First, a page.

The Obama administration’s decision to stop issuing new coal leases as the federal government’s entire coal program is reviewed makes good business sense.
The moratorium, announced last month by Interior Secretary Sally Jewell, is part of a plan for the Bureau of Land Management to undertake a detailed environmental-impact statement.
Jewell appeared Tuesday before a U.S. Senate Energy and Natural Resources Committee budget hearing to explain the path ahead. Washington U.S. Sen. Maria Cantwell, the senior Democrat on the panel, has long sought a full accounting of the coal industry, and thanked Jewell for her efforts.
About 40 percent of the U.S. coal supply is on public lands. All existing leases will continue, and estimates say that supply could meet about 20 years of demand. The three-year review, plus time to restart the leasing process, will not exceed that supply margin.
The business of taking coal off public land has not had a close look in more than three decades. The leasing price is put at about a $1 per ton, with another $1.50 for royalties. Coal buyers pay 20 to 40 times that amount.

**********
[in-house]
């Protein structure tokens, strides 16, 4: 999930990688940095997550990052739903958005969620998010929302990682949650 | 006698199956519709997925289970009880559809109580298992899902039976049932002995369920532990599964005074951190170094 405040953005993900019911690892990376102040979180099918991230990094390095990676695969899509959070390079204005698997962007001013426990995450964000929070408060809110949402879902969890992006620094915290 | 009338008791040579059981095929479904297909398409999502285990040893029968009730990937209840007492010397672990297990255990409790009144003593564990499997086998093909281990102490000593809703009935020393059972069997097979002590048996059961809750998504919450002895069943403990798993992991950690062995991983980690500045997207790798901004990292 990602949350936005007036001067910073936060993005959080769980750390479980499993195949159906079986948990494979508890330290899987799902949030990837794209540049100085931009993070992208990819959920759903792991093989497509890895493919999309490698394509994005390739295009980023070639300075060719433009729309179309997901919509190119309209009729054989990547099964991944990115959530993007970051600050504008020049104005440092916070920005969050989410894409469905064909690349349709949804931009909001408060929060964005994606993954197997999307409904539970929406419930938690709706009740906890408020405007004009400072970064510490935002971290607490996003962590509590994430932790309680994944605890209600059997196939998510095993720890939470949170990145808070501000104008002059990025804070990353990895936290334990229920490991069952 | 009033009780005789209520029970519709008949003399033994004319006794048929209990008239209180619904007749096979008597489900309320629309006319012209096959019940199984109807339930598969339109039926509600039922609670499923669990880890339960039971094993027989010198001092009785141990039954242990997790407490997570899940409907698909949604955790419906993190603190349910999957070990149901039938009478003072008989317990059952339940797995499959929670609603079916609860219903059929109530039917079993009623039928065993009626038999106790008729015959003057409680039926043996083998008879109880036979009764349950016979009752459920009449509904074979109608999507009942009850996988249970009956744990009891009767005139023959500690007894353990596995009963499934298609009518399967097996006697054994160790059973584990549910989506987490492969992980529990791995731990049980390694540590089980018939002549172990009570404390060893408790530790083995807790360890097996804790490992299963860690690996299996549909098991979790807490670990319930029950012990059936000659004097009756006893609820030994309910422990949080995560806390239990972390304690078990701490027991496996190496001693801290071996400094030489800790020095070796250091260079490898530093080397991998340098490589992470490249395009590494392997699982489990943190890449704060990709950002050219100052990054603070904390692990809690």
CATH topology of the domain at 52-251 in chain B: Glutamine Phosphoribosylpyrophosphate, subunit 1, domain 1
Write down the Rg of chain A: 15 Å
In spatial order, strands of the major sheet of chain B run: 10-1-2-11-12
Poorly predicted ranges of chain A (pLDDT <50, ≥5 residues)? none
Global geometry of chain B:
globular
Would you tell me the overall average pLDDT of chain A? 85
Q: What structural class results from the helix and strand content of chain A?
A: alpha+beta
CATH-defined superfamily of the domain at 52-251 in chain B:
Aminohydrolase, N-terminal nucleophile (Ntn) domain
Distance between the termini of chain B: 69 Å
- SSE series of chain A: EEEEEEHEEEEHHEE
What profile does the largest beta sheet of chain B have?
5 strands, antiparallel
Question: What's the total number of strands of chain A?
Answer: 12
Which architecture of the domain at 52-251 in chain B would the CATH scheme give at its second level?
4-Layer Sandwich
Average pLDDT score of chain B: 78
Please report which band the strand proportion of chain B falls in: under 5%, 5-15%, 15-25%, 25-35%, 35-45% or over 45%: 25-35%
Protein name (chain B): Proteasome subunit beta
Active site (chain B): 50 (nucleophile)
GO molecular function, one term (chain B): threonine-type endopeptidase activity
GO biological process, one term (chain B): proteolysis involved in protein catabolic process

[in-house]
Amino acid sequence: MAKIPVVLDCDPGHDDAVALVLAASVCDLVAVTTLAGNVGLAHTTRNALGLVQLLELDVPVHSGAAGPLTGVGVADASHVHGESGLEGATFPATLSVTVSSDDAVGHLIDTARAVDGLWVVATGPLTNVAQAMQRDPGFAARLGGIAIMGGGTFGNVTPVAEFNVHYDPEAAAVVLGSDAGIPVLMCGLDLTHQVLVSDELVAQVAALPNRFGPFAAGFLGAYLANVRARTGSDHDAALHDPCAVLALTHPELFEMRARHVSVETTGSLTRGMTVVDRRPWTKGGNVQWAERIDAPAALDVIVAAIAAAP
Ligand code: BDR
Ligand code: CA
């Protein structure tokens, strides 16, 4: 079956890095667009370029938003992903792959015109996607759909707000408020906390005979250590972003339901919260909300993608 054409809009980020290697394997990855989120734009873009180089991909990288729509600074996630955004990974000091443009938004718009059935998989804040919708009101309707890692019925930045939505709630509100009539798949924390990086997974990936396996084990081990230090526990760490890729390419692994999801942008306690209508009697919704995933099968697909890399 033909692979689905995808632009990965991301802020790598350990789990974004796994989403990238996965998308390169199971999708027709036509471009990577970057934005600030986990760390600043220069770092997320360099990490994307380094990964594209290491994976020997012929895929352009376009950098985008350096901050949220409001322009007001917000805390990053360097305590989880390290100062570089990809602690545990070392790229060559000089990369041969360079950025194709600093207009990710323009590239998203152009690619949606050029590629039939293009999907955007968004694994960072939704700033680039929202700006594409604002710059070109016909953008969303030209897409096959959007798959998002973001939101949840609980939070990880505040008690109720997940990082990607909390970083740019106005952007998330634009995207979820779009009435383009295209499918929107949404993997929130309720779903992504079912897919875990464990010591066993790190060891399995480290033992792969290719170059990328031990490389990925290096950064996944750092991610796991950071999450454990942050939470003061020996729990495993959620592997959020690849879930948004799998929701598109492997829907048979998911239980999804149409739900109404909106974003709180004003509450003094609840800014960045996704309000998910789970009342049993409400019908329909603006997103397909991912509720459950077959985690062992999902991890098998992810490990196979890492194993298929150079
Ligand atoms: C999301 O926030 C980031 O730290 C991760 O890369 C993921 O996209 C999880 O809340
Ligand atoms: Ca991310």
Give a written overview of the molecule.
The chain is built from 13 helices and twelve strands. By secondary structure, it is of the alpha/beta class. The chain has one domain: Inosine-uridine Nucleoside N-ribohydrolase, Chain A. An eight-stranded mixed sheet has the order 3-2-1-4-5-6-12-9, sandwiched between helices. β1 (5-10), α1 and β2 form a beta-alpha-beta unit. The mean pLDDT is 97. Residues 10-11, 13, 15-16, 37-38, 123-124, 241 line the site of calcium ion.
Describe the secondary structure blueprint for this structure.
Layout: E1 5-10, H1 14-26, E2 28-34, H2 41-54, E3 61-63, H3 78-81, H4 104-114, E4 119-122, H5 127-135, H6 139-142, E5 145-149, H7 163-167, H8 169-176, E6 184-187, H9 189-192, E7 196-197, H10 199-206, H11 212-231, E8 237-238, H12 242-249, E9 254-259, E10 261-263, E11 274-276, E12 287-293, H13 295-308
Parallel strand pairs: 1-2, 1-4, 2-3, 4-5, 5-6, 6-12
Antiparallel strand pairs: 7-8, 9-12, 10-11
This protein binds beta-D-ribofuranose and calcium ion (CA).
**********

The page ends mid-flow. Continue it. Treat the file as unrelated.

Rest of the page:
Meanwhile, the expense to society for the cost of massive carbon emissions can run $70 per ton, paying the growing bill for sea-level rise issues and for health impacts like asthma and environmental effects.
Playing fast and loose with commodities on public lands goes back to the grazing and mining interests President Teddy Roosevelt went after. The topic is as fresh as the standoff on the Malheur National Wildlife Refuge in Oregon.
The coal industry has gamed the system for decades.